Furthermore, the actuator functions in a manner to maximize the speed of movement of the read/write heads while minimizing the inertia of the head-supporting mechanism. By supporting the heads at the ends of the arms and swinging the arms about a central axis of the actuator, the heads are accelerated at a maximum speed exceeding the speed of movement of the actuator or remaining head supporting structure. Also the inertia of the head accessing mechanism is lessened since only the lighter portion, i.e., the head and the light weight arm ends are moved at the greter velocities and the relatively heavier structure fixed to the actuator swings through a much lesser arc.

Patent Citations
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US3484760 *Jun 9, 1966Dec 16, 1969Control Data CorpDisc file and actuator therefor
US3553662 *Sep 8, 1967Jan 5, 1971Control Data CorpPosition sensing and control apparatus
US3864747 *May 29, 1973Feb 4, 1975Storage Disk CorpMultiple pack magnetic disk system
US3864750 *Oct 19, 1973Feb 4, 1975Storage Disk CorpCantilevered rotary access mechanism arms for magnetic disk system
NL6409204A * Title not available
Referenced by
Citing PatentFiling datePublication dateApplicantTitle
US4107748 *May 31, 1977Aug 15, 1978Memorex CorporationRecording head support assembly
US4150407 *Oct 28, 1977Apr 17, 1979U.S. Philips CorporationElectrically controllable carrying-arm arrangement
US4571648 *Feb 16, 1983Feb 18, 1986Cii Honeywell BullDevice for loading the main body of a platform containing at least one read/write transducer of a data medium
US4620253 *Jul 28, 1983Oct 28, 1986International Business Machines CorporationLow mass actuator system for magnetic recording disk
US4644515 *Nov 20, 1984Feb 17, 1987Resolution Research, Inc.Interactive multi-user laser disc system
US4829395 *Aug 3, 1988May 9, 1989Warren CoonLoad beam/assembly
US4829396 *Apr 10, 1987May 9, 1989Mitsubishi Denki Kabushiki KaishaMagnetic disc apparatus for deflecting magnetic heads from contact with the recording disc surface
US5689389 *Jan 22, 1996Nov 18, 1997Intri-Plex Technologies, Inc.Low profile swage mount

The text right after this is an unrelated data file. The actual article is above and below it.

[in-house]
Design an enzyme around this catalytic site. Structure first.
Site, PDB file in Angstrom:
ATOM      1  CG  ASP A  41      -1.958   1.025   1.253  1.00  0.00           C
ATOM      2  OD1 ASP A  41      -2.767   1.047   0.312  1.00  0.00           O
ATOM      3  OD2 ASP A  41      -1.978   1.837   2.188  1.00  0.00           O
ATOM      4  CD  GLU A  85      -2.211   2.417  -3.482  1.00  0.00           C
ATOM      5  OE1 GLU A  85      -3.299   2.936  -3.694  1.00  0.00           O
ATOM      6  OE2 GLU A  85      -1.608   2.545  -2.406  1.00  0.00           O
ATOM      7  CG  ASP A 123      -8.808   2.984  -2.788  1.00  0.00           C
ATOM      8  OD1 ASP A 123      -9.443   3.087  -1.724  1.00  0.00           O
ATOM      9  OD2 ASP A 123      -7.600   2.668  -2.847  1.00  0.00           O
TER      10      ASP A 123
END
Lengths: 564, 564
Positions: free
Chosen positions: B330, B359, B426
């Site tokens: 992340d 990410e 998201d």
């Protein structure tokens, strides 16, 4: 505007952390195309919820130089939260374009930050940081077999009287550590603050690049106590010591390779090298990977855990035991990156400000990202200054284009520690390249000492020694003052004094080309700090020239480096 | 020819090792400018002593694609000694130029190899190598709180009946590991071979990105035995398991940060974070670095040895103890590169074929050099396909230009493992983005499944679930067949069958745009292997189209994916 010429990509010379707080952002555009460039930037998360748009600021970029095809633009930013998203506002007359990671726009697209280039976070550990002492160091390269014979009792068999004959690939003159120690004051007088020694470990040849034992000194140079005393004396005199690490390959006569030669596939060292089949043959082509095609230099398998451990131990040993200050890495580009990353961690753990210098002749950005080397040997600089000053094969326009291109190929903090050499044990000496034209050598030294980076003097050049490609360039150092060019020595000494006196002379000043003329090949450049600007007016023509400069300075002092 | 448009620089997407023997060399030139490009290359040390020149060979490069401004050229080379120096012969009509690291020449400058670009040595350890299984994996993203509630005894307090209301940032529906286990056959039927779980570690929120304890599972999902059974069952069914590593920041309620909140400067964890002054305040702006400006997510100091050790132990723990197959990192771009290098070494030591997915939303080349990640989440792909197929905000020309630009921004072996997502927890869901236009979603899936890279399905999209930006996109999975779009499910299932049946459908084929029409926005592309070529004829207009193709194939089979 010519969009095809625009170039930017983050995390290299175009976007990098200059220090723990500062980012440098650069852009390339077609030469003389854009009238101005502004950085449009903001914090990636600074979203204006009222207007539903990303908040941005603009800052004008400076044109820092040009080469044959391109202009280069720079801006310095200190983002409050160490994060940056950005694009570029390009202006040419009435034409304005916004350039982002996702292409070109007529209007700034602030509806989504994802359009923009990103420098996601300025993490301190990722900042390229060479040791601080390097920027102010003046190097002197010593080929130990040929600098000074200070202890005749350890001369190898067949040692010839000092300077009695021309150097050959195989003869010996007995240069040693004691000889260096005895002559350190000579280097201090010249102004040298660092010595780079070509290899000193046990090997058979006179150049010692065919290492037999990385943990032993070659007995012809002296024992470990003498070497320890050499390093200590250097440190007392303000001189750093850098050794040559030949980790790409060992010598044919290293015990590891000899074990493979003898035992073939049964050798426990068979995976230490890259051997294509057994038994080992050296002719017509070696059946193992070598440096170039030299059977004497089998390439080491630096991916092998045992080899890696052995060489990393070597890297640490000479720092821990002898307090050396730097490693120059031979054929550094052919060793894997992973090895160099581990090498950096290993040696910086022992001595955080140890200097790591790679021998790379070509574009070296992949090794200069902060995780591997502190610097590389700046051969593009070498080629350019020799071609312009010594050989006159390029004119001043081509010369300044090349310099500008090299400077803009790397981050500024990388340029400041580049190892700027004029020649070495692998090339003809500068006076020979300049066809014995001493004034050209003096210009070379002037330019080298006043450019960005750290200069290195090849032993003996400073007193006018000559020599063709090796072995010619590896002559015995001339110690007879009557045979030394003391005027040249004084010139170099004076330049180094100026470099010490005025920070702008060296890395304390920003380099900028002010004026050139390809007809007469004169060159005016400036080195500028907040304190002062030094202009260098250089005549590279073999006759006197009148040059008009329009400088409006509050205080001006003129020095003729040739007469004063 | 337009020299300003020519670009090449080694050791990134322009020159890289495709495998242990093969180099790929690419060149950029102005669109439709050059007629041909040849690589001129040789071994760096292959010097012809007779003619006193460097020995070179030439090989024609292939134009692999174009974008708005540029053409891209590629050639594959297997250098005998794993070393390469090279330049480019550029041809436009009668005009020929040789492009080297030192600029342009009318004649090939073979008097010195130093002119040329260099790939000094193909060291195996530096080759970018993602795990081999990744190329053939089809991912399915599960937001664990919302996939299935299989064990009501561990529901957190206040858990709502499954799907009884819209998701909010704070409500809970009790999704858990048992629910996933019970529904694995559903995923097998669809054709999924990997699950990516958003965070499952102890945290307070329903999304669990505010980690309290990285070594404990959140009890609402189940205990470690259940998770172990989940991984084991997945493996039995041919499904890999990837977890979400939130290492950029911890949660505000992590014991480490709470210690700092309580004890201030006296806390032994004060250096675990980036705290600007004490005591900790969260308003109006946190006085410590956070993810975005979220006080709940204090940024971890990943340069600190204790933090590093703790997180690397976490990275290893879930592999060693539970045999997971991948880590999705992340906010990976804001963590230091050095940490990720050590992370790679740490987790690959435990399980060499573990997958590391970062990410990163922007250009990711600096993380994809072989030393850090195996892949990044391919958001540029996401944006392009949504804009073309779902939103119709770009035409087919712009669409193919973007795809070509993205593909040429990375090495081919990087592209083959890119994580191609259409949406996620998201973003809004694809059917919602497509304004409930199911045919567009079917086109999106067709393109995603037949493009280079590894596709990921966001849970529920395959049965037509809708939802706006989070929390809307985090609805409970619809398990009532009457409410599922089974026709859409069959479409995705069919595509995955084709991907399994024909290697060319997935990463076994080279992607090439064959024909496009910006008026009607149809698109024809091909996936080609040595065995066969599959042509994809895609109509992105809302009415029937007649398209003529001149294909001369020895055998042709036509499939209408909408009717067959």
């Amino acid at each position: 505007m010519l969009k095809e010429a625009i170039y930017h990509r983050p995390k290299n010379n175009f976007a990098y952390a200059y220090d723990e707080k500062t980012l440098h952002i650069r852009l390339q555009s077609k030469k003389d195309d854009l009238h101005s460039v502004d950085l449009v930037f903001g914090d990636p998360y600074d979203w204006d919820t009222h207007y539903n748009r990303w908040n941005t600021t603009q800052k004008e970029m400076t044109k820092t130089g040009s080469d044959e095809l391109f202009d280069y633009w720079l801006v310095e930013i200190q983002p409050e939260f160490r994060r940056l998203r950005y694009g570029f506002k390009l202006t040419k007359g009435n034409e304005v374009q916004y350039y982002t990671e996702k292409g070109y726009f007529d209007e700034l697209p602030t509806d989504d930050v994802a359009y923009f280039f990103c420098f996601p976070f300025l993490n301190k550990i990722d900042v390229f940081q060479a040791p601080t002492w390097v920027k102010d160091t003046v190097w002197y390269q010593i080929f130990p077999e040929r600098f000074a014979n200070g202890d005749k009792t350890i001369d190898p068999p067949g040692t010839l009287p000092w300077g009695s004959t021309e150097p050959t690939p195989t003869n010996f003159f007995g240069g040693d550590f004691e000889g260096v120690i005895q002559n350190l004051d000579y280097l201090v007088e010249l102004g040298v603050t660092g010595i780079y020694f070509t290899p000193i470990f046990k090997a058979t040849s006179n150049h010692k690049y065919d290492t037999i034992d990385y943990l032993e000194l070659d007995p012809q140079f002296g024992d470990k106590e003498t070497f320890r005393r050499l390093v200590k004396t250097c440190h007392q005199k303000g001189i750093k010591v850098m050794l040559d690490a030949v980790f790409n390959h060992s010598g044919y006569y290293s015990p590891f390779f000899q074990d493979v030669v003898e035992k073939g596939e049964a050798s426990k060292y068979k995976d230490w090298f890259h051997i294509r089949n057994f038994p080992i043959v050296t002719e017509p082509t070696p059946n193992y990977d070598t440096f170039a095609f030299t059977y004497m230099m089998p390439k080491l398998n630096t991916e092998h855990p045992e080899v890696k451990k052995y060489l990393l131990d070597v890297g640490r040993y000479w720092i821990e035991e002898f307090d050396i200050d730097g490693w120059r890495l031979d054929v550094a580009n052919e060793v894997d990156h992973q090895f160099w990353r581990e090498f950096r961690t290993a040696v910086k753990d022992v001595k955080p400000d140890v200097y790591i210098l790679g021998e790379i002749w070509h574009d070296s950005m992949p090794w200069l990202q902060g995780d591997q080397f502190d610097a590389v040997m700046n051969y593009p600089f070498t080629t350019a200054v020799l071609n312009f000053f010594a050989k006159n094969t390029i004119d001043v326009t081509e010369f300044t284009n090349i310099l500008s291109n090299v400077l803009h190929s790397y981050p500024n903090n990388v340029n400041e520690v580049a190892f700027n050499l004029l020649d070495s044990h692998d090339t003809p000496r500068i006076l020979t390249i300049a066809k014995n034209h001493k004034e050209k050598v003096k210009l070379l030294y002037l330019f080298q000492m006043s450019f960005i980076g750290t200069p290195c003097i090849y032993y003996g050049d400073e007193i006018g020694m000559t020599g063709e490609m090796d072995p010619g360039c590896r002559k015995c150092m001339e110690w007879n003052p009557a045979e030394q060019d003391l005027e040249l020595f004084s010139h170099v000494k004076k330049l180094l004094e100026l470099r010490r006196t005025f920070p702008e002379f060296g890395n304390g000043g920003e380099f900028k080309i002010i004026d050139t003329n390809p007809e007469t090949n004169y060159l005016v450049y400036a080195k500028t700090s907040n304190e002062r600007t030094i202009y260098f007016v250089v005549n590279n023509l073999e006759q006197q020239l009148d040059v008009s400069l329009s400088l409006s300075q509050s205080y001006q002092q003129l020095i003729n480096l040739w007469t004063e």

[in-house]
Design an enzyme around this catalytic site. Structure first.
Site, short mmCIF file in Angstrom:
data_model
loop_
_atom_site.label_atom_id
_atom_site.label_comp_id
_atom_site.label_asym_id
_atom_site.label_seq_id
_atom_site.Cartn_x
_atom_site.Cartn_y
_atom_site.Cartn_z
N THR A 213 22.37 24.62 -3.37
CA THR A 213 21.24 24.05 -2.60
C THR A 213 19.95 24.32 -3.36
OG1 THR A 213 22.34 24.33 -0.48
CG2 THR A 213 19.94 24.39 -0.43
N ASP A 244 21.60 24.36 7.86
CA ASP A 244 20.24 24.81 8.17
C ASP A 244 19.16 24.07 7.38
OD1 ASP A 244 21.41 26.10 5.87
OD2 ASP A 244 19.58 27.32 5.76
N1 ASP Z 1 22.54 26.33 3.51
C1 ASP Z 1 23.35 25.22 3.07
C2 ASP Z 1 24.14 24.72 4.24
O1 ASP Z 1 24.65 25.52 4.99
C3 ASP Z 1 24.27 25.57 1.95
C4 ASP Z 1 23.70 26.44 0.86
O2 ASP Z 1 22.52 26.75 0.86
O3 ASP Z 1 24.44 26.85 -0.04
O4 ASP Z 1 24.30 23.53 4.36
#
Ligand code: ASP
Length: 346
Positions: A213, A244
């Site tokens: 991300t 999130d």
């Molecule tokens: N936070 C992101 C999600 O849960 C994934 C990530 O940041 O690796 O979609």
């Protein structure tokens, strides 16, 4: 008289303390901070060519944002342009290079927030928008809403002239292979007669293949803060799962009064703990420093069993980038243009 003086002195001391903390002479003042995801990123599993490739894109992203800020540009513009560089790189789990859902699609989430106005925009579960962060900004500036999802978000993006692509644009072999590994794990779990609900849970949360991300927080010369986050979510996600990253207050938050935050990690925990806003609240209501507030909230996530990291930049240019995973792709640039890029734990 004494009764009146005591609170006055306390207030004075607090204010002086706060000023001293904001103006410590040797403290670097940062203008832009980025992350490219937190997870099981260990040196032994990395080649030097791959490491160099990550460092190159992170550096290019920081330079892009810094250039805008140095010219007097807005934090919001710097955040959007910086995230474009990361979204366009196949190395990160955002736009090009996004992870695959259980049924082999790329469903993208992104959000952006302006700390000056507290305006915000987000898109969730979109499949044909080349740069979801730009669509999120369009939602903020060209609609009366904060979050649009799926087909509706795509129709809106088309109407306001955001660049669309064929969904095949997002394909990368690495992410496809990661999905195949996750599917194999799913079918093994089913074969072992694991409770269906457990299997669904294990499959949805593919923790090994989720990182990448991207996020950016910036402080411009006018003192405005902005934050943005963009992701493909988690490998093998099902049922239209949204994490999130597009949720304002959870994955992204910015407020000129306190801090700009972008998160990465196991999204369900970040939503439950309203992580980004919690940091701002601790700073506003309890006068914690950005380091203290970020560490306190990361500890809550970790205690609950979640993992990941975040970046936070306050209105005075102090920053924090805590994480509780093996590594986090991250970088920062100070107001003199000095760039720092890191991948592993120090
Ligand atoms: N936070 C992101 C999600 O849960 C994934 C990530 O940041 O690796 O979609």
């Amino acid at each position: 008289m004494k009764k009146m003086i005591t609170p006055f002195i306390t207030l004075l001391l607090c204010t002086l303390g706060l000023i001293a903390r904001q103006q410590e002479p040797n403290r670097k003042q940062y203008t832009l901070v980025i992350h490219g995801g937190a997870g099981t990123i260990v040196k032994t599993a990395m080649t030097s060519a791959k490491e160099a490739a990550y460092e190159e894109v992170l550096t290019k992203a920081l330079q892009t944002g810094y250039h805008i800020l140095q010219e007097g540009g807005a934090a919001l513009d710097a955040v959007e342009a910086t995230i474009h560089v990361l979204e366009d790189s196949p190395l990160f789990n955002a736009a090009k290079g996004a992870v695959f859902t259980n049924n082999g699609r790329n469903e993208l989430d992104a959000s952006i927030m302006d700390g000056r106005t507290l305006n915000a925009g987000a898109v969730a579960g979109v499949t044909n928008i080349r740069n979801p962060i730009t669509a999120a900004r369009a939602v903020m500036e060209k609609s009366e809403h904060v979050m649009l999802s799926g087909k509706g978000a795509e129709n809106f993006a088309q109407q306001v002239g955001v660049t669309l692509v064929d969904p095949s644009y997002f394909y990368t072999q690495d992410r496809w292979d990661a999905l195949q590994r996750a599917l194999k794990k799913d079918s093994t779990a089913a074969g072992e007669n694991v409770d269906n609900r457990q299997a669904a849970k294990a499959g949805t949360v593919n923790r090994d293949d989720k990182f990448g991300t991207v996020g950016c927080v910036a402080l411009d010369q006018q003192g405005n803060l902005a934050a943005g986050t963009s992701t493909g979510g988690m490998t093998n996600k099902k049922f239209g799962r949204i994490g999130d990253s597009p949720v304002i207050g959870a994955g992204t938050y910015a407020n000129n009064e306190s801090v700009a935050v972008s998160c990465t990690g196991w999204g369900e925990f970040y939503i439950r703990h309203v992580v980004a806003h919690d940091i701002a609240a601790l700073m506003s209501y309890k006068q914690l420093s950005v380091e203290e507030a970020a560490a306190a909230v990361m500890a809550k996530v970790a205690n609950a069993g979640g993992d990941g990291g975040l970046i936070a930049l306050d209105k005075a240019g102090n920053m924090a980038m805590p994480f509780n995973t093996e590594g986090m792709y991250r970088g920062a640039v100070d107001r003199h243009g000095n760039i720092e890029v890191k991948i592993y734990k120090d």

US8824094Oct 18, 2013Sep 2, 2014HGST Netherlands B.V.Hard disk drive having multiple disk stacks and a movable head stack assembly
US8958172Oct 17, 2013Feb 17, 2015HGST Netherlands B.V.Multiple disk stack, single actuator hard disk drive
US8958173Oct 17, 2013Feb 17, 2015HGST Netherlands B.V.Hard disk drive having multiple movable disk stacks on a guide rail
US9025277Oct 10, 2013May 5, 2015HGST Netherlands B.V.Hard disk drive having multiple disk stacks on a rotatable platform
US9087525 *Oct 30, 2013Jul 21, 2015Seagate Technology LlcLayered synthetic anti-ferromagnetic upper shield
US9171560 *Dec 17, 2014Oct 27, 2015Western Digital Technologies, Inc.Sloping transition on a ramp of a hard disk drive
US9183862 *Nov 19, 2014Nov 10, 2015HGST Netherlands B.V.Load/unload ramps for multiple disk-stack, shared actuator hard disk drive
US9218833 *Nov 19, 2014Dec 22, 2015HGST Netherlands B.V.Load/unload ramps for multiple disk-stack, shared actuator hard disk drive
US9343107 *Nov 20, 2009May 17, 2016Seagate Technology LlcWindage control in a dual spindle storage device having interleaved storage media
US20110122528 *Nov 20, 2009May 26, 2011Seagate Technology LlcDual spindle storage device
US20150116868 *Oct 30, 2013Apr 30, 2015Seagate Technology LlcLayered synthetic anti-ferromagnetic upper shield
WO1986003325A1 *Nov 20, 1985Jun 5, 1986Resolution Research, IncorporatedInteractive multi-user laser disc system
U.S. Classification360/98.06, G9B/5.187, 360/254.2, G9B/5.181
International ClassificationG11B5/54, G11B21/12, G11B5/55
Cooperative ClassificationG11B5/5521, G11B5/54
European ClassificationG11B5/54, G11B5/55D